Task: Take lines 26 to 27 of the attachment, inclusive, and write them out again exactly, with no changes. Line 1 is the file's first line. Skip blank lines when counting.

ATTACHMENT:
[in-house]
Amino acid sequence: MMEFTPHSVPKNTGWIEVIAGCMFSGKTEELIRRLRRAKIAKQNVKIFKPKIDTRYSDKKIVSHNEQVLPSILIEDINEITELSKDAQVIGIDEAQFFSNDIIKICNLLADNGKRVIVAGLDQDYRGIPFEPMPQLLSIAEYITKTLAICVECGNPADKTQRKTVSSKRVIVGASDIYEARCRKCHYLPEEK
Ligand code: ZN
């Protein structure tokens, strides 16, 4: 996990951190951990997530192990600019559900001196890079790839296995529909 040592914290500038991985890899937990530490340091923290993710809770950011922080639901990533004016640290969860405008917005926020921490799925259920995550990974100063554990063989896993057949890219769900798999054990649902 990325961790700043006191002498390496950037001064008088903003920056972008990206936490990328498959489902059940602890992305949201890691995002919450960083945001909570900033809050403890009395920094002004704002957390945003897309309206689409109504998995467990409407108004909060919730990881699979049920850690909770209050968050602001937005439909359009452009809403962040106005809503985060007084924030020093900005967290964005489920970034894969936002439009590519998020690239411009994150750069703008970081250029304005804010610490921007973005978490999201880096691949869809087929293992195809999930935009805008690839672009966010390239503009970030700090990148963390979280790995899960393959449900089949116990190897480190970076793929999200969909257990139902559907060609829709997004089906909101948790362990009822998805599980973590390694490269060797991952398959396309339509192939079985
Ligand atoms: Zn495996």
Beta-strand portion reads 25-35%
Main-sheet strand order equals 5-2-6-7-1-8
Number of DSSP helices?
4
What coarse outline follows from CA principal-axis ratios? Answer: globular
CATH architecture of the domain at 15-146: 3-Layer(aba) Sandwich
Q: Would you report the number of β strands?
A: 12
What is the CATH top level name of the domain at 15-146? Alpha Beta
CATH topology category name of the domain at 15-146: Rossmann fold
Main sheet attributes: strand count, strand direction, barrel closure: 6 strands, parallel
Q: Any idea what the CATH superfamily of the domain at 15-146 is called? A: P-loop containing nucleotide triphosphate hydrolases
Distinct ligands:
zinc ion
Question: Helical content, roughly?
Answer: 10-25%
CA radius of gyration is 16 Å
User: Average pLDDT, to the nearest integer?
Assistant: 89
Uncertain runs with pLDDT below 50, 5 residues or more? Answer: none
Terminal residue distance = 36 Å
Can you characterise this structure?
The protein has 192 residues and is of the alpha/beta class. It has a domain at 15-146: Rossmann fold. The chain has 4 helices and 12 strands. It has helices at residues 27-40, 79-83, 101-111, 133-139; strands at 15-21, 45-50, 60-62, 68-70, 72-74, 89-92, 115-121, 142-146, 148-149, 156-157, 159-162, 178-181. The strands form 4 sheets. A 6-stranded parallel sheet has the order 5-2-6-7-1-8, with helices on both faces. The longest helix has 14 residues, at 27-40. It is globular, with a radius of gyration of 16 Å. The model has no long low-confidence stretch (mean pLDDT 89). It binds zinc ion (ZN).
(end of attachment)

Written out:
Terminal residue distance = 36 Å
Can you characterise this structure?